In a terrible scene in Arizona Representative Gabrielle Gifford and others were shot as she held a meeting with her constituents outside a supermarket. At least six are dead. My prayers are with everyone involved in this, their families and loved ones.
Even as at least one of the suspected perpetrators has been identified and theories on motive swirl and the unfortunate game of politics is already playing out, the major attention has been on how Rep. Giffords is doing.
Rep. Giffords suffered, per reports, a single gunshot wound to the head with both an entrance and an exit. From eye witness accounts with a posterior entrance wound.
In the same press conference it is commented that the bullet transversed just one hemisphere. She underwent neurosurgery, although the exact nature of such isn’t clear. Post operatively she was following commands.
Of course, no one but her physicians right now know exactly what is going on but missile wounds to the brain are tough things. There is some optimism but I’m afraid we should probably be more cautious than some of the vibes coming from the media.
The fact is, in the best of circumstances, missile wounds to the brain and, in particular, gunshot wounds to the head are bad things. That’s no surprise but I think that when we talk about prognosis and the optimism that seems to have overtaken the media from the report of Dr. Rhea is probably more about Rep. Gifford’s chances for survival, perhaps for a functional recovery although it is far too early to talk about that in detail. It may not be about her ever being the same again.
“There’s a distinct possibility that she will not be able to function as a congresswoman,” said Robert P. Granacher Jr., a neuropsychiatrist at St. Joseph Hospital in Lexington, Ky, and author of a textbook on traumatic brain injury.
“I don’t want to be pessimistic about a person I don’t know or haven’t examined, but just being scientific about it, I think the accurate thing to say is that this is a grievous injury and the outcome will not be known until 6 to 18 months after her injury,” he said.
Relatively low velocity gunshot wounds to the head, as inflicted by handguns, cause direct damage along a relatively limited area immediately along the tract of the bullet. This can be bad enough, depending on where the bullet travels through the brain. However they also produce hemorrhage inside the skull which can sometimes put further pressure on the brain. And the damage caused by the bullet causes swelling of the brain. The swelling and the bleeding cause maybe the biggest problems. The skull is a closed box, adding bleeding into it or swelling raises the pressure inside of it. Imagine putting more and more air into a balloon until it ruptures because the air has nowhere else to go and the balloon can’t contain the pressure anymore. As the swelling inside the skull raises the pressure the brain gets damaged and gets forced out of the skull with very dire consequences.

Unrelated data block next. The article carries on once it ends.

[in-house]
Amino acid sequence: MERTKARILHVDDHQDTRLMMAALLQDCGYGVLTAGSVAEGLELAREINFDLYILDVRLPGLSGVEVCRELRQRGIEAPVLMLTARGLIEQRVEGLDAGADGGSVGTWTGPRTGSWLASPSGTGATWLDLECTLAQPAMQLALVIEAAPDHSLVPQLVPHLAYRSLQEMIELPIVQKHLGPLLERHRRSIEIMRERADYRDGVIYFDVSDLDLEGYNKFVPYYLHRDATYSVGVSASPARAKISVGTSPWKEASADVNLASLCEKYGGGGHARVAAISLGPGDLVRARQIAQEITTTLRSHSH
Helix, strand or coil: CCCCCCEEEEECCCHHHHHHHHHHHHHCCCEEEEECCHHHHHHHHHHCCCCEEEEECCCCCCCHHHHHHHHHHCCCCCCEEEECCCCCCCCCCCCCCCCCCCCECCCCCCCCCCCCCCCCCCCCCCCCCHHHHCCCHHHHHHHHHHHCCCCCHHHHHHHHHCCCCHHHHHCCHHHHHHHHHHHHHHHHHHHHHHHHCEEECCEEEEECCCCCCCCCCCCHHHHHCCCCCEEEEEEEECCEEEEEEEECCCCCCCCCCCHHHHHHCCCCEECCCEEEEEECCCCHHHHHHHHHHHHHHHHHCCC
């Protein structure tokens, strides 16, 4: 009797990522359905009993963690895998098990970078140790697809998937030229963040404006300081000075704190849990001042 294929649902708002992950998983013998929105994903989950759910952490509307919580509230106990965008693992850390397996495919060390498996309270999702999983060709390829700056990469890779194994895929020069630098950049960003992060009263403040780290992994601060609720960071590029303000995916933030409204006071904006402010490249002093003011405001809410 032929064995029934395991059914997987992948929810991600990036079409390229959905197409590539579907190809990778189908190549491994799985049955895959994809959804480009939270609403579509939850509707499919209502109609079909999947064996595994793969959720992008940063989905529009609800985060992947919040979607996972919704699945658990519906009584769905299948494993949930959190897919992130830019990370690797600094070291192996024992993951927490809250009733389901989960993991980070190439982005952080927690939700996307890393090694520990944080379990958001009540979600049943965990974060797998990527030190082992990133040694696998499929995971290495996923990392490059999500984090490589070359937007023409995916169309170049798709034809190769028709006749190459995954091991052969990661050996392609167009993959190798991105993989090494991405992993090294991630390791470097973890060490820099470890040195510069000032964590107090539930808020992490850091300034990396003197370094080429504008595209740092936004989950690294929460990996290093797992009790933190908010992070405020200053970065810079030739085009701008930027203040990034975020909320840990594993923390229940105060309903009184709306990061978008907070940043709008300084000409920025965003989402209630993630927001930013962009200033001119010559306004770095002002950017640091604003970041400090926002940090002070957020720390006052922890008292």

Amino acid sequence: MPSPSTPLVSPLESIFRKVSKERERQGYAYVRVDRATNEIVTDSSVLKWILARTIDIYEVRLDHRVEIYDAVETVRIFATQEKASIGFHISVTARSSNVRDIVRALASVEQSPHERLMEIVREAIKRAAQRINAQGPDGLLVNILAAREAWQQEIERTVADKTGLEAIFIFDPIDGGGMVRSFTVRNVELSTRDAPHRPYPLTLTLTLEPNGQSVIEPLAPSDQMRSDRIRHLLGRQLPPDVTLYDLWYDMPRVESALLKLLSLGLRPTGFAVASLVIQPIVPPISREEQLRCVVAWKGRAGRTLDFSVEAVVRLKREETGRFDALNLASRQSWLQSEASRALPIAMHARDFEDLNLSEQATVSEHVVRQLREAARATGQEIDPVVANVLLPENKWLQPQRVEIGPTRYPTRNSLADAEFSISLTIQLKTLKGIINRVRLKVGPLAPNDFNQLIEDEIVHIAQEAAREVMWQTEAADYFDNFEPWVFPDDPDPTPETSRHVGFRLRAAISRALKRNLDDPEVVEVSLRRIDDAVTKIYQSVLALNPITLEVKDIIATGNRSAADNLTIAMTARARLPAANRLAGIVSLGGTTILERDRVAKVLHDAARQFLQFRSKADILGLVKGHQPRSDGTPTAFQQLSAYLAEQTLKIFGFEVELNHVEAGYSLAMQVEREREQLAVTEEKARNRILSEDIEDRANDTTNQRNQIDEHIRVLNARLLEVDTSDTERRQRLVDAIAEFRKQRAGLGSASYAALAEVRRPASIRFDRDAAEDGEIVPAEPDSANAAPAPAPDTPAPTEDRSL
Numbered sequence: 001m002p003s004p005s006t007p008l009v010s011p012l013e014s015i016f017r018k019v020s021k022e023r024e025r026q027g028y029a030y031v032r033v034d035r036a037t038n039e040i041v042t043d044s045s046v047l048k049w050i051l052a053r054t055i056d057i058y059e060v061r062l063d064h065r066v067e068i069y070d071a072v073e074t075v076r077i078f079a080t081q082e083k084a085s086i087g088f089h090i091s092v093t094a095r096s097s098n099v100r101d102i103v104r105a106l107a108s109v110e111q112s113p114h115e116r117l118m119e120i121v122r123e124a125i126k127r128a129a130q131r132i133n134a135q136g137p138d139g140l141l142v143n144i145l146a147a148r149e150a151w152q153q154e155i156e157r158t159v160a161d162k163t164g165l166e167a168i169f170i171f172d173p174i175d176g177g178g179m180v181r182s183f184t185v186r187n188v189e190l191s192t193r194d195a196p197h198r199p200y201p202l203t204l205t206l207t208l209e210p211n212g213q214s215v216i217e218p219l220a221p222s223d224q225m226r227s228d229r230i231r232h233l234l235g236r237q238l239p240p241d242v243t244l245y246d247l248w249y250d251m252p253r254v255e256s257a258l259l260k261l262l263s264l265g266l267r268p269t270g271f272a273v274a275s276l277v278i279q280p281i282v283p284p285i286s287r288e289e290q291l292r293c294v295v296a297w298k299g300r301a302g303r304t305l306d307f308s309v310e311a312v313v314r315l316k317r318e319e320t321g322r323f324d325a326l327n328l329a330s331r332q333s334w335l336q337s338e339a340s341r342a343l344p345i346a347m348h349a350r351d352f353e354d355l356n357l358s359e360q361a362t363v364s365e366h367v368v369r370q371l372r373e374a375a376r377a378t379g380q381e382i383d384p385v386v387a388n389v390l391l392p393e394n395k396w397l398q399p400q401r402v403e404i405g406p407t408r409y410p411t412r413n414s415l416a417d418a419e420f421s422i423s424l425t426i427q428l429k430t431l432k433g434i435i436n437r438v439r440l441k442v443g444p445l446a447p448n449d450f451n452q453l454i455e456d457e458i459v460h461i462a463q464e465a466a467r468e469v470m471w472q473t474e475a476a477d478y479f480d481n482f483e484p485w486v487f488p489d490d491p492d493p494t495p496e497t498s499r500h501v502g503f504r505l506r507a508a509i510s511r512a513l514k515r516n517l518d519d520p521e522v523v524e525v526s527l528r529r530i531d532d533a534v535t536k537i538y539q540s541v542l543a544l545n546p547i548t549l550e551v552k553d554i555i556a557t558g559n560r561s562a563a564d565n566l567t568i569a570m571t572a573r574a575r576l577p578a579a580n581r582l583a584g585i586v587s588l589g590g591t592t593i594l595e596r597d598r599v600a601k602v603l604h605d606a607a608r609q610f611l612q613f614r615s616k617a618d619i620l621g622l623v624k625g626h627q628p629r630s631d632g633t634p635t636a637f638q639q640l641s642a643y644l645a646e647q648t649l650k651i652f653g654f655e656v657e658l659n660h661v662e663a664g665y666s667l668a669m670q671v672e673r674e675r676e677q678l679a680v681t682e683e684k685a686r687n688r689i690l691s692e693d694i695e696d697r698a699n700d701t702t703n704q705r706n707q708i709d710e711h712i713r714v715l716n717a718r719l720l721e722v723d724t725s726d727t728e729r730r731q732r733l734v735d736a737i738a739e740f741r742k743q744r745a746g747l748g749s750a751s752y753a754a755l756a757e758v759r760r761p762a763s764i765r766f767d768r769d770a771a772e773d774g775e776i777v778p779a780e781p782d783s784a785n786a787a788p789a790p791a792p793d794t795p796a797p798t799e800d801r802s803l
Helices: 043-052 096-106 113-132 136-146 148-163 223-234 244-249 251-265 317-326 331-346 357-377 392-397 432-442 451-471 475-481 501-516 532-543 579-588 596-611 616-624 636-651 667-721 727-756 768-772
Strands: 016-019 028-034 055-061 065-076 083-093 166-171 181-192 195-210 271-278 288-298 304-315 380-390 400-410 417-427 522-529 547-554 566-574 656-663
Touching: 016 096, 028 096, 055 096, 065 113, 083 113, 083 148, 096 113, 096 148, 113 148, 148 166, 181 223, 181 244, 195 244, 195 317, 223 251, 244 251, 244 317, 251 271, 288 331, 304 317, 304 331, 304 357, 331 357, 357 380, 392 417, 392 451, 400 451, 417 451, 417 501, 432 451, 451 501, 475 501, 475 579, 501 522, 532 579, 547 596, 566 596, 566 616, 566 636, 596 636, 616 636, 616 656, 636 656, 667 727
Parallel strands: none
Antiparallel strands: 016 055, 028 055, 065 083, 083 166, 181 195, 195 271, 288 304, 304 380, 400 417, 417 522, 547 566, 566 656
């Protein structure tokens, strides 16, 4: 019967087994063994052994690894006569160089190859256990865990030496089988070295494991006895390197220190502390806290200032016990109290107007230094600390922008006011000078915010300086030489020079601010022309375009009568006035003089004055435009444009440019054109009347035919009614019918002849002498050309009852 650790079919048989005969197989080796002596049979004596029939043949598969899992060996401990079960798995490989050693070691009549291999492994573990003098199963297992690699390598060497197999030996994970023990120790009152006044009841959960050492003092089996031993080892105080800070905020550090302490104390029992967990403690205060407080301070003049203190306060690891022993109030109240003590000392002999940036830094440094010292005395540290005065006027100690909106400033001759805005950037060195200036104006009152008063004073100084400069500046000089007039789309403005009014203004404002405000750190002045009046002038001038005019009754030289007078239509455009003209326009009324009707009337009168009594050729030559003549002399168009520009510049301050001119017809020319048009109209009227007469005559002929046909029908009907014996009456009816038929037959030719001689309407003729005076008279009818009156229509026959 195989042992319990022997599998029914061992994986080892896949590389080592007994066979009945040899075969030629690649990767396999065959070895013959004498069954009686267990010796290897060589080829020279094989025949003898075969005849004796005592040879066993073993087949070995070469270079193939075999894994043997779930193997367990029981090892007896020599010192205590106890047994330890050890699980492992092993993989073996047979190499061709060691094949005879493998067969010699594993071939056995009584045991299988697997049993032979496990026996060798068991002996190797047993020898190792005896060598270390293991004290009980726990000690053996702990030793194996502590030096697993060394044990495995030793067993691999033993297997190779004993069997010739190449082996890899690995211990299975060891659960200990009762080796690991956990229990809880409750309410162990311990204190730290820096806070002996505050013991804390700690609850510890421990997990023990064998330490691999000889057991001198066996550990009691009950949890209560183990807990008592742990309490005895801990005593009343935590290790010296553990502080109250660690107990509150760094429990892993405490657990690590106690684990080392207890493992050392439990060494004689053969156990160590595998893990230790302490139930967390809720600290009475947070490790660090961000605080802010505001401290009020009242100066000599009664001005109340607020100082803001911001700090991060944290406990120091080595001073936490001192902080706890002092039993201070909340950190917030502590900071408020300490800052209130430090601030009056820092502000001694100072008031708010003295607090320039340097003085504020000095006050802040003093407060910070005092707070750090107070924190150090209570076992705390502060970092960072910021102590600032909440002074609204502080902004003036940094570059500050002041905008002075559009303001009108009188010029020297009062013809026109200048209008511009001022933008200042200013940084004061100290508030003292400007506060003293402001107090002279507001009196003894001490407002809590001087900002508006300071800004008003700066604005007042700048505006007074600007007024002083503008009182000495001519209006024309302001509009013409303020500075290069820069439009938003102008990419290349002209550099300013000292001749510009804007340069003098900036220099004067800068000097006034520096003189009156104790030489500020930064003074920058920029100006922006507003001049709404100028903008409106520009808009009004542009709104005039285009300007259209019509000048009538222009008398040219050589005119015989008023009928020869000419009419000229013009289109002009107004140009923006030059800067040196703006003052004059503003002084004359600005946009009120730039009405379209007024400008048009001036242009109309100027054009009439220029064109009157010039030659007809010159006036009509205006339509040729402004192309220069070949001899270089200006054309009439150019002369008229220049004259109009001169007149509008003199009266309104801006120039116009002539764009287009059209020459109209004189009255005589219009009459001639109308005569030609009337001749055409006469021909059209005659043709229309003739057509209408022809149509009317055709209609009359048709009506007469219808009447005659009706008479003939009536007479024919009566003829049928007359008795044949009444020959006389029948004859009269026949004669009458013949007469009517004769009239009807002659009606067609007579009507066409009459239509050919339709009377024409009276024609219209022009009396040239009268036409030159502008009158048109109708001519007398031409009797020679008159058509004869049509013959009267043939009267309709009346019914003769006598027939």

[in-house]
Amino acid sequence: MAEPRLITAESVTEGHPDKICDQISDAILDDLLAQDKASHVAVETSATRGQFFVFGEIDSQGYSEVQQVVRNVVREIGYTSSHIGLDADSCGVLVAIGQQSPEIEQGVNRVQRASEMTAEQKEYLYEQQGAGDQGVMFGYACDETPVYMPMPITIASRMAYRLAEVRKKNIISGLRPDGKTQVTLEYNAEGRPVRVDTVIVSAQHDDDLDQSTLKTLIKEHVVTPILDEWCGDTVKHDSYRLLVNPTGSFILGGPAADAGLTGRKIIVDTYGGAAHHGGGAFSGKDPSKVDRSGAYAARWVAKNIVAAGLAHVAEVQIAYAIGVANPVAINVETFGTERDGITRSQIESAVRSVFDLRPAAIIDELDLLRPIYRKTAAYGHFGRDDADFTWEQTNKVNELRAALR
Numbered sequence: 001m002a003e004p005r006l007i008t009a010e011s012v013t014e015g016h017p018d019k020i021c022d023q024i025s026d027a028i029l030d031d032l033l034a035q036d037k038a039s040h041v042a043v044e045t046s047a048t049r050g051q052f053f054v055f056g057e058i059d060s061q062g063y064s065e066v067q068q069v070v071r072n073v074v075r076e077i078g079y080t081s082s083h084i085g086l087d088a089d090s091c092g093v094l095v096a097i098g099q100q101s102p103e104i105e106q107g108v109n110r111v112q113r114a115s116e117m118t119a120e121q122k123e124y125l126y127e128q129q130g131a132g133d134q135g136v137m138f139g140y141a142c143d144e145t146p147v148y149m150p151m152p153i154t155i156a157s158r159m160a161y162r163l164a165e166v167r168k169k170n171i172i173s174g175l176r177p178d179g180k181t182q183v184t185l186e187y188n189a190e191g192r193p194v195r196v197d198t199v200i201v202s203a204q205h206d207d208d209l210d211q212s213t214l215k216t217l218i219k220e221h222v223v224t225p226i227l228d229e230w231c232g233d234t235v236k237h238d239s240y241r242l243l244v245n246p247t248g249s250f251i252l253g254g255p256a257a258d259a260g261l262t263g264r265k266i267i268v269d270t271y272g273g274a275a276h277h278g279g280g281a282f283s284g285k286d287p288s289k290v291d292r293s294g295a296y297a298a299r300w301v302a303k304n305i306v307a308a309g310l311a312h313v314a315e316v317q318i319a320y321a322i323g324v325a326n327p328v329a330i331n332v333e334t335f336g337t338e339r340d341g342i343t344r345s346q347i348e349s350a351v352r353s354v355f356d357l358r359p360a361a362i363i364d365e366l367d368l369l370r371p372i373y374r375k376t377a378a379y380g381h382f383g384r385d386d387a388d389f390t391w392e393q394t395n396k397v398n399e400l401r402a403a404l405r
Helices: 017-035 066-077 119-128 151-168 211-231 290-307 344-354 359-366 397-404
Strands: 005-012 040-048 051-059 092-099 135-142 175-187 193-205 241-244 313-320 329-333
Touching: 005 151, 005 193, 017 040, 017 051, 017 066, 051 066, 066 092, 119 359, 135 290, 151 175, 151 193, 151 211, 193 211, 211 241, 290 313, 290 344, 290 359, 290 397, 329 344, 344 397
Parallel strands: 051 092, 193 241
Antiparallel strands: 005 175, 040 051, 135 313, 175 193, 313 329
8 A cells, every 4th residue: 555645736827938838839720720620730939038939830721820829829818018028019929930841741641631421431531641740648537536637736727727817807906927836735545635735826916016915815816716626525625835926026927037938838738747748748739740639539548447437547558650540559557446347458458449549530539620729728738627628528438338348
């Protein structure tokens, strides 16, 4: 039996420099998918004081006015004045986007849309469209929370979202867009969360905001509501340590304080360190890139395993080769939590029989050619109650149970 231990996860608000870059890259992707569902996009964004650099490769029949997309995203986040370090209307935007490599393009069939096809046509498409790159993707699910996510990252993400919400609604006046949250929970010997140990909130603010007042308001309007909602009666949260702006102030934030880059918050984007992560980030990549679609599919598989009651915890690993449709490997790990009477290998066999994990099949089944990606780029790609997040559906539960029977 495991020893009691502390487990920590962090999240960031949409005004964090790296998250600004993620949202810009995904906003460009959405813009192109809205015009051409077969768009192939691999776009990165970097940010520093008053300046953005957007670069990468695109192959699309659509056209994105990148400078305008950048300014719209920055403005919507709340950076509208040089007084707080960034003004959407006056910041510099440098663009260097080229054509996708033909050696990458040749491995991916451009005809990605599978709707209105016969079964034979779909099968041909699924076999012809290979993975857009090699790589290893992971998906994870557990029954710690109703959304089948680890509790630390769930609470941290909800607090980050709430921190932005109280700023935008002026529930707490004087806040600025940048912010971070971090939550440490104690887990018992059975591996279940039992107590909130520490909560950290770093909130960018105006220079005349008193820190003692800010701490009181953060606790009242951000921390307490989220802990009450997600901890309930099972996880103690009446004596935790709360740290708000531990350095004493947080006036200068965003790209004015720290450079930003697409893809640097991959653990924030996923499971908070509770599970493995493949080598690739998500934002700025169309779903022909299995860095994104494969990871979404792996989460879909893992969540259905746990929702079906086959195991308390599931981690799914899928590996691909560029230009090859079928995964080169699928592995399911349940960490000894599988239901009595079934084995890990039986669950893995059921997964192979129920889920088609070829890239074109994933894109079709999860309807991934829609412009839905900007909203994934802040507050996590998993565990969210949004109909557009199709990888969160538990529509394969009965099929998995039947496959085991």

Probably somewhat surprisingly the indications for surgery in gunshots to the head are somewhat amorphous.
Certainly in the case of bed swelling within the skull removing part of the skull to relieve some of the pressure can be considered.
In the case of a bad hemorrhage putting pressure on the brain surgery can be done to remove the blood and stop any active bleeding.
Possible elevation or removal of broken bone fragments which have been pushed into the brain, especially if large pieces are superficial and easily accessible in surgery.
Closure and reseparation of sinuses broken through by the bullet from the intracranial area.
The details on the surgery Rep. Griffords underwent aren’t available but any of the above could’ve prompted her surgery. There’s a possibility she required part of her bone to be left off after the surgery. There’s a strong possibility she has a device in place, inside her brain to monitor the pressure level. There’s a strong possibility she’s still intubated (on a ventilator to help her breathe).
Her prognosis is a very difficult thing to judge right now. There are certainly at least a couple of things that I’ve heard that are promising. The fact the bullet only went through one side of her brain is good. The fact that immediately post operatively she was following commands is also good.
People who have bullets travel through both sides of their brains generally have worse outcomes. As do people who have bullets travel through one or more of their ventricles (the areas in the middle of your brain where spinal fluid is made). As do people with significant bleeding. As do people who have a poor neurological exam on arrival to the hospital (things like not following commands or not moving).
Those laid out, we think we know that the bullet did not cross the midline and, that being the case, may have spared her ventricles. As well we know she was following commands, implying a relatively good neurological exam considering her injury.
But all that said, the fact she required surgery and just the nature of gunshot wounds in general means we should continue to be extremely cautious and to continue our prayers for Rep. Griffords. If she survives this injury it will be a long while before we know her full prognosis, just how much she will be like herself before the injury. My prayers are with her, her family and all of those who suffered today.